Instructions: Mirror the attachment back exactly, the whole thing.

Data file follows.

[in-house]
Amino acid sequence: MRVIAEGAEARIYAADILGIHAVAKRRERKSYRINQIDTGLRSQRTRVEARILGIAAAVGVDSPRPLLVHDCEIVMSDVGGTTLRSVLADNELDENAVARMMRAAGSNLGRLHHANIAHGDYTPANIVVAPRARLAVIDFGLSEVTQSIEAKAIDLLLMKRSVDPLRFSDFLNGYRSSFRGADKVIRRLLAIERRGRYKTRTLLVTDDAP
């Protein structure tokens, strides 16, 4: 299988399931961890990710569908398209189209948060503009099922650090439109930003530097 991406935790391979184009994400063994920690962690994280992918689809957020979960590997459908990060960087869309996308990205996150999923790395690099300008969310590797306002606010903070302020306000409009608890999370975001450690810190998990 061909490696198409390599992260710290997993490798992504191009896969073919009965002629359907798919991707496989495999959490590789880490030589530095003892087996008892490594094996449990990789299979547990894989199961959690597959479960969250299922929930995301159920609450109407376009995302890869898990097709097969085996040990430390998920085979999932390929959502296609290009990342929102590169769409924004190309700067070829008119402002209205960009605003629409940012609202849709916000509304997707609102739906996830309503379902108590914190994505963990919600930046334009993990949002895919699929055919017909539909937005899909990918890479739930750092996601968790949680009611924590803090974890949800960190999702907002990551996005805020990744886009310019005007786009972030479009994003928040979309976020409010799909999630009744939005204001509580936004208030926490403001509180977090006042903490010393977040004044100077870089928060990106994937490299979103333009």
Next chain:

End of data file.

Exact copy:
[in-house]
Amino acid sequence: MRVIAEGAEARIYAADILGIHAVAKRRERKSYRINQIDTGLRSQRTRVEARILGIAAAVGVDSPRPLLVHDCEIVMSDVGGTTLRSVLADNELDENAVARMMRAAGSNLGRLHHANIAHGDYTPANIVVAPRARLAVIDFGLSEVTQSIEAKAIDLLLMKRSVDPLRFSDFLNGYRSSFRGADKVIRRLLAIERRGRYKTRTLLVTDDAP
């Protein structure tokens, strides 16, 4: 299988399931961890990710569908398209189209948060503009099922650090439109930003530097 991406935790391979184009994400063994920690962690994280992918689809957020979960590997459908990060960087869309996308990205996150999923790395690099300008969310590797306002606010903070302020306000409009608890999370975001450690810190998990 061909490696198409390599992260710290997993490798992504191009896969073919009965002629359907798919991707496989495999959490590789880490030589530095003892087996008892490594094996449990990789299979547990894989199961959690597959479960969250299922929930995301159920609450109407376009995302890869898990097709097969085996040990430390998920085979999932390929959502296609290009990342929102590169769409924004190309700067070829008119402002209205960009605003629409940012609202849709916000509304997707609102739906996830309503379902108590914190994505963990919600930046334009993990949002895919699929055919017909539909937005899909990918890479739930750092996601968790949680009611924590803090974890949800960190999702907002990551996005805020990744886009310019005007786009972030479009994003928040979309976020409010799909999630009744939005204001509580936004208030926490403001509180977090006042903490010393977040004044100077870089928060990106994937490299979103333009």
Next chain: